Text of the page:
Aventures des Toiles is a fashion house founded in 1998 by François Gadrey. Their tagline is "Art à porter" and the concept, which I am crazy about, is simple. For each season, six artworks are chosen to inspire six different lines of clothing. There is a wide variety in the aesthetics presented by each artist and amongst the mediums used. For example in the Summer 2017 collection, "Twenty-One," a sculpture by the young Spanish artist Bruno Ollé, features patina-dusted paint test samples whose symmetry causes tension within the composition, while DangerDiesel by the Parisian-based painter Alione is a commentary on the effects of environmental changes in urban society. These are not trite themes, and yet nor are those developed in the more fanciful lines, such as "Garance", based on a sublime watercolor by Claire de Chavagnac Brugnon, where the stinging red used becomes a web of love throbbing with "emotional memory."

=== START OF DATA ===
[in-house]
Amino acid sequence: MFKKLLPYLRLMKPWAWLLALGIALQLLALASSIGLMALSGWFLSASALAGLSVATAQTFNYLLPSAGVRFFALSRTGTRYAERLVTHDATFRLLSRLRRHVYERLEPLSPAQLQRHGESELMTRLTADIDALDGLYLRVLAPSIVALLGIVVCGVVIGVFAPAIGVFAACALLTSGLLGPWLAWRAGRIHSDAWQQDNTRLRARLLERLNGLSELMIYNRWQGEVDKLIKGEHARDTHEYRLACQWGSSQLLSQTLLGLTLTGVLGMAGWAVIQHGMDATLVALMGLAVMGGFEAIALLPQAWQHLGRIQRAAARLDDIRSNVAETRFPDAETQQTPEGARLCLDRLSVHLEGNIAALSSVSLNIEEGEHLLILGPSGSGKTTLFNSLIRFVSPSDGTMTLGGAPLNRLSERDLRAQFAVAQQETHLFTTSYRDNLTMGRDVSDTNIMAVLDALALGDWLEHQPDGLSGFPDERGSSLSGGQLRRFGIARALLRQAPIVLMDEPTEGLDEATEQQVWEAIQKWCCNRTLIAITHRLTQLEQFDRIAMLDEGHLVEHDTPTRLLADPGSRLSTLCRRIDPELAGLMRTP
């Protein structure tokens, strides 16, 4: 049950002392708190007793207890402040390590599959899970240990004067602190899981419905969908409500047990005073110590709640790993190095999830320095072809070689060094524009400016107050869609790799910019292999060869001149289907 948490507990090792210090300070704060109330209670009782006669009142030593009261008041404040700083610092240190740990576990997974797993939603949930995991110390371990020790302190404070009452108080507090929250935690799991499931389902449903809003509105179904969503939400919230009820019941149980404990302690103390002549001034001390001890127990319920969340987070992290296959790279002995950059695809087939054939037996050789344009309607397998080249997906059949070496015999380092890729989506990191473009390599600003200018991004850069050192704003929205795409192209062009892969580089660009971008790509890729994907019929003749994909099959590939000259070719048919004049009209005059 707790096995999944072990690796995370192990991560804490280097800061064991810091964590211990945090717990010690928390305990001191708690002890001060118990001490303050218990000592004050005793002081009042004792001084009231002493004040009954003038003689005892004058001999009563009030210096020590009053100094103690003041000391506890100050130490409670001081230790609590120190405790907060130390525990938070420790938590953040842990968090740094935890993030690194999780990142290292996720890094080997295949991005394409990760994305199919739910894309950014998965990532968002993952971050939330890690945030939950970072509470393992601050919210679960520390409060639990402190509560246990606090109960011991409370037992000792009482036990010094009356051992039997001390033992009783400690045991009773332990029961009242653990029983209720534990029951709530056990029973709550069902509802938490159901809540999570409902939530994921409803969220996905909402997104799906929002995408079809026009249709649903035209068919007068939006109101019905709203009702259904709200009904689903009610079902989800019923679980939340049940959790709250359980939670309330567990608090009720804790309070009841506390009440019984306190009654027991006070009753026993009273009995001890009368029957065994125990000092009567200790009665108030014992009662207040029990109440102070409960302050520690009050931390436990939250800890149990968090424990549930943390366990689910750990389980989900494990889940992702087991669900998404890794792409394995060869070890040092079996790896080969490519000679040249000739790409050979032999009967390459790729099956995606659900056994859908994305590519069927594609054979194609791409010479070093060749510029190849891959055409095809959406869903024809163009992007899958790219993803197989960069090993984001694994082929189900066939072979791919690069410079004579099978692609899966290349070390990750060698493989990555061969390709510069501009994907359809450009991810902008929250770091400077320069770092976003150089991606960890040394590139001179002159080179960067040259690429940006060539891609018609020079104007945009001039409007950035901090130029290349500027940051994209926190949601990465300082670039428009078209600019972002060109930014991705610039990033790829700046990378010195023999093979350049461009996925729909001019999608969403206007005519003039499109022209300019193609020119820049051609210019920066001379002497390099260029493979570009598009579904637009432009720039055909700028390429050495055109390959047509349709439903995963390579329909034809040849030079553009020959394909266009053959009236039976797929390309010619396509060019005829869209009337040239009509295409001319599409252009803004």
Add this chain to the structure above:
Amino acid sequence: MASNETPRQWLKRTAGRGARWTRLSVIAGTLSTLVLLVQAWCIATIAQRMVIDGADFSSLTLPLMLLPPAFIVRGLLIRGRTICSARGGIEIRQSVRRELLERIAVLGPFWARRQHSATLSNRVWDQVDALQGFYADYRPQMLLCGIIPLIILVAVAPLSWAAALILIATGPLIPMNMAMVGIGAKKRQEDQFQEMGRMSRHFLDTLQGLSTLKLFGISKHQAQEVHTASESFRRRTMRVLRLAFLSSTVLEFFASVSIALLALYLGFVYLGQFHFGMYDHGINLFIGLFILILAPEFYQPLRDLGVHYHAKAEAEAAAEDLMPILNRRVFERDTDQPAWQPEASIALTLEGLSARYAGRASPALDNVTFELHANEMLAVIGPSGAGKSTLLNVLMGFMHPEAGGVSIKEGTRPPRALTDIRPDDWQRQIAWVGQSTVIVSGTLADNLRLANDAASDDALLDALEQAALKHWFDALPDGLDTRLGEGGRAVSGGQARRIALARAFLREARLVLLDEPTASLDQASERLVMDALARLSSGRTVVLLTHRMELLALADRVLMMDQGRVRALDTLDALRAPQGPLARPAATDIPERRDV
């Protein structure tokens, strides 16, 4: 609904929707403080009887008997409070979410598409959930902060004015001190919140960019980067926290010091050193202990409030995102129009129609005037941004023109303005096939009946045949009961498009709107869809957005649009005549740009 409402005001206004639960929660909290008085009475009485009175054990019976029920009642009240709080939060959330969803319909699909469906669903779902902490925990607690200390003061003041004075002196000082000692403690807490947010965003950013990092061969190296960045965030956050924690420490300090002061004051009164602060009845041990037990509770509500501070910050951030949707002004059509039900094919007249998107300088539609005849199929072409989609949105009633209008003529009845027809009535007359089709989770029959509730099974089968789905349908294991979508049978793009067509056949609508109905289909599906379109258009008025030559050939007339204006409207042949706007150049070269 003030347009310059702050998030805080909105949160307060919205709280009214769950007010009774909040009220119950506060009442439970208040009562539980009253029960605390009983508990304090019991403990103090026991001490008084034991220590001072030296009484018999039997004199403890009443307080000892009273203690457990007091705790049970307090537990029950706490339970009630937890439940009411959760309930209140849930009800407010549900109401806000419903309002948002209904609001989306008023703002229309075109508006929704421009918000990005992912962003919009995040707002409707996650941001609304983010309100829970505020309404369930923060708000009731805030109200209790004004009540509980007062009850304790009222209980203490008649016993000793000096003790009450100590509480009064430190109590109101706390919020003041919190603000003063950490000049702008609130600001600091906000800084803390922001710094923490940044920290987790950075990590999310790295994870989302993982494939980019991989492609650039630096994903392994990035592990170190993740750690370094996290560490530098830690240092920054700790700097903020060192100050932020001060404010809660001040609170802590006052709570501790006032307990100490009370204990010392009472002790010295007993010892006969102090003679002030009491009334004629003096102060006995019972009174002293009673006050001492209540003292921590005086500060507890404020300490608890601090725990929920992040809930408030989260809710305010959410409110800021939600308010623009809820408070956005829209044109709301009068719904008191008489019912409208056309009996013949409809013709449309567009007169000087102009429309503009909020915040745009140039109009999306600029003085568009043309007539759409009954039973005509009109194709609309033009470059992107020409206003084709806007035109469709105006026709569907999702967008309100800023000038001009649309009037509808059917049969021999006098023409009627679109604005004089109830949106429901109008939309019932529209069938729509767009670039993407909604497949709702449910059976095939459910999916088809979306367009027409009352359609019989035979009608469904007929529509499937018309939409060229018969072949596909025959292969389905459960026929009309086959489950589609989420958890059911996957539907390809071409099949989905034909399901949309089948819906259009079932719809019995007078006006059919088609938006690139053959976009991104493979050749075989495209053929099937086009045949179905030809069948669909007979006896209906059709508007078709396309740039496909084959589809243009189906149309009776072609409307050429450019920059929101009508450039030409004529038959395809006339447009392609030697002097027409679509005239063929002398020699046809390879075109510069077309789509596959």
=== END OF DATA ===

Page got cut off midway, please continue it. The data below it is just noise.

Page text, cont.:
As the works themselves have such substance, so is there ample material to encourage the imaginations of the stylists who then interpret the originals in a range that can reach from literal towards abstraction. And to me, this is where the clothing is at its most interesting as, just like the pinball precision mentioned earlier, the creativity is passed onwards, transformed, until it reaches the woman who wears the final result. The most cutting-edge printing techniques are used to give a true vibrancy to the pieces (something I didn't realize until I actually touched the fabrics themselves) and each article is entirely Made in France. The quality is irreproachable. Aventures des Toiles has found a way to both celebrate art (and oh, how dearly we need that in our current society) and then to use their own spark to bring about something modern, elegant and unique.